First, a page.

Target 2 Investigates: Are drunk boating laws watered down?

GREEN BAY, Wis. (WBAY) - It's National Safe Boating Week and the Memorial Day weekend is just days away. You'll hear warnings from police: don't drink and drive a boat.

Source: MGN Online

Target 2 found hundreds of people have been caught operating a boat impaired the last two years in Wisconsin, known as a BUI -- boating under the influence.

And, as we dug through records, we found many of those drunk boaters have a long history of drunk driving on the roads, but we discovered Wisconsin's law doesn't consider those offenses the same thing.

Target 2 dug through the cases to find out if the state has a watered down law.

A body camera worn by a DNR conservation warden in Northern Wisconsin in 2011 captured a field sobriety test and arrest of a man stopped for boating under the influence.

"How much have you had to drink today?"

The video shows him failing those tests and blowing a preliminary 0.124 blood alcohol level in a Breathalyzer. The legal limiting for operating a boat is the same as on the road, 0.08.

DNR conservation warden Darren Kuhn has seen similar incidents in Northeast Wisconsin.

"One. One is too many," Kuhn said.

He's conducted field sobriety tests on dozens of boaters in his nearly 20-year career.

"I'll have somebody that's suspected of intoxicated boat operation just sit on the back seat, comfortable and calm, run the procedure right there."

He has a long list of concerns with a person drunk or high behind the wheel of a boat.

"Everyone in a car knows to slam on the brakes. There are no brakes on the boat. There are no seat belts on the boat. There are no airbags on the boat," Kuhn said.

In 2014, a passenger was hurt when the boat he was in tried to maneuver under a bridge on the East River in Green Bay.

Capt. Kevin Warych is a member of the Green Bay Police Marine Unit. He remembers, "That person in the crash had sustained very serious injuries where we thought it was going to be fatal."

He survived. The operator of the boat was arrested for being drunk.

It is just as dangerous on the water as on the road, though? "As a conservation warden," Kuhn said, "I would almost argue more."

But if a drunken boater makes it back to land, there's a new risk.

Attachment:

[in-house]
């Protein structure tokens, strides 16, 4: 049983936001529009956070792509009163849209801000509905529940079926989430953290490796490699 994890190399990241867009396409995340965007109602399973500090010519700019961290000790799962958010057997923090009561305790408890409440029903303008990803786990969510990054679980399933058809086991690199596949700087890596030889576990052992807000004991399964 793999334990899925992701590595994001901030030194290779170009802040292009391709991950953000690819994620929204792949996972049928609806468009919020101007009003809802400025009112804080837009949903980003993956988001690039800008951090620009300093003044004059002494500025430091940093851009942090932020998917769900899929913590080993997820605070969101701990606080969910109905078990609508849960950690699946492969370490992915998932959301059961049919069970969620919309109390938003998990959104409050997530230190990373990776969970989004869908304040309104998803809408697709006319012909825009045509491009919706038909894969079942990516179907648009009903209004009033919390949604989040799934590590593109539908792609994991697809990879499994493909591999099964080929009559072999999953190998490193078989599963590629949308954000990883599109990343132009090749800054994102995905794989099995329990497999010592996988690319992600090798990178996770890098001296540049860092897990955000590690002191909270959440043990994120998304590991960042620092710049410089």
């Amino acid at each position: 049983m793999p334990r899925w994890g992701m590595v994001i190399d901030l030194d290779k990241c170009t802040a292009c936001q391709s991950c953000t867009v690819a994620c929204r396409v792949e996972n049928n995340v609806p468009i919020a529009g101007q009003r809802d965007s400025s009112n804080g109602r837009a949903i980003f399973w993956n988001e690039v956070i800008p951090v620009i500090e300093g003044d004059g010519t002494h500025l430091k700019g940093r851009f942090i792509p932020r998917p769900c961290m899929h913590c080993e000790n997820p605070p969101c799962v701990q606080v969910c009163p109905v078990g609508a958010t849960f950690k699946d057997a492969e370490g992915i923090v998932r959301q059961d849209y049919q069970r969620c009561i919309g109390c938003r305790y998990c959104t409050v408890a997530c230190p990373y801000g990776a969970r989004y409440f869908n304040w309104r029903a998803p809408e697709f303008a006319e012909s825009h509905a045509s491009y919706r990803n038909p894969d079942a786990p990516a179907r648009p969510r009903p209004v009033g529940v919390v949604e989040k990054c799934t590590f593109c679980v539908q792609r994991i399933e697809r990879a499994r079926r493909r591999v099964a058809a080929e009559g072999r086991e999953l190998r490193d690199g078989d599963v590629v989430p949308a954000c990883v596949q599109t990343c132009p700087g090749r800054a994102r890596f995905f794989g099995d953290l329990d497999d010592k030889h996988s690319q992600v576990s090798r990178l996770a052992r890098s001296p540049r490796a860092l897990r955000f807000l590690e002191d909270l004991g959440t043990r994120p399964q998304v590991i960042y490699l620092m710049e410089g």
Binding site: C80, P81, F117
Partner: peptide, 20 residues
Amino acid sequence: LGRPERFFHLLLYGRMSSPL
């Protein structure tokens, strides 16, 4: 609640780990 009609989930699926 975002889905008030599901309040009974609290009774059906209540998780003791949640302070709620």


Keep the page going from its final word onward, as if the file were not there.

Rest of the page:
"Now they're behind a car, towing a trailer through the city streets of Green Bay or the interstates that surround us and put all the motorists at risk," Kuhn said.

Target 2 found it has happened.

"I arrested him for drunk boating on the water, and then Green Bay Police Department arrested him for drunk driving in the car," Kuhn recalled.

In that case, the courts dismissed the BUI and charged the man with OWI.

As we dug into the law, Target 2 found it wouldn't have mattered when it comes to penalties.

Wisconsin law views boating under the influence and driving under the influence as two completely different violations.

The DNR says it's one of the first things boaters ask them.

A boater is on camera telling a conservation warden, "I have an OWI."

"Not in the boat, though, right?" the warden asks.

"No," the boater says.

"Yeah, it'll only count if you've got one in the boat."

Target 2 wanted to know how often people cited for BUI also have records for driving drunk.

We filed more than a dozen open records requests for BUIs in WBAY's 14-county viewing area from 2015 and 2016. We received a list of 57 people.

Target 2 searched the court records of those same people and found 17 -- about 30 percent -- have been charged with drunken driving on the road.

Nine drivers had a third or fourth offense, serving jail or prison time for OWI.

"Concerning would be a better word," Kuhn said. "That means our people that are driving our cars or the people that we're not catching on the water are continuing to drive their vehicles home."

How are they not caught?

Kuhn tells Target 2 part of the reason may be with how hard it is to stop boaters.

"No center lines, no fog lines, nothing that says you can't weave on the shipping channel if you want. So yeah, there has to be a reasonable suspicion of a violation to make that stop," Kuhn said. "There isn't a law that says you can't weave on the water."

He can stop someone for expired registration, but those stickers are hard to see at night.

Many of the cases Target 2 found show boaters were also cited for speeding or not having their lights on after dark.

But Kuhn said boaters know that's on the short list of reasons for a stop and try to outsmart the patrols.

"A lot of times what they will do is, to try to avoid being detected, is to put the boat lights on prior to going into the establishment, or instead of increasing speeds on the stretch along the Fox River where they can, they'll maintain that slow speed to make the detection that much more difficult," Kuhn said. "And it works."

But it doesn't take away the concern.

"They're still going to a boat trailer, and once they get out onto the open bay, where there's all sorts of navigational hazards between buoys and shoals and rock bars, it's scary. It's scary."

Penalties for first-offense boating and driving while intoxicated are similar: Both are simply fines.

But a BUI does not impact your driver's license.

State lawmakers have made a few attempts in the last decade to change the law so BUIs and OWIs are counted together for penalties, but they never gained enough support.



 
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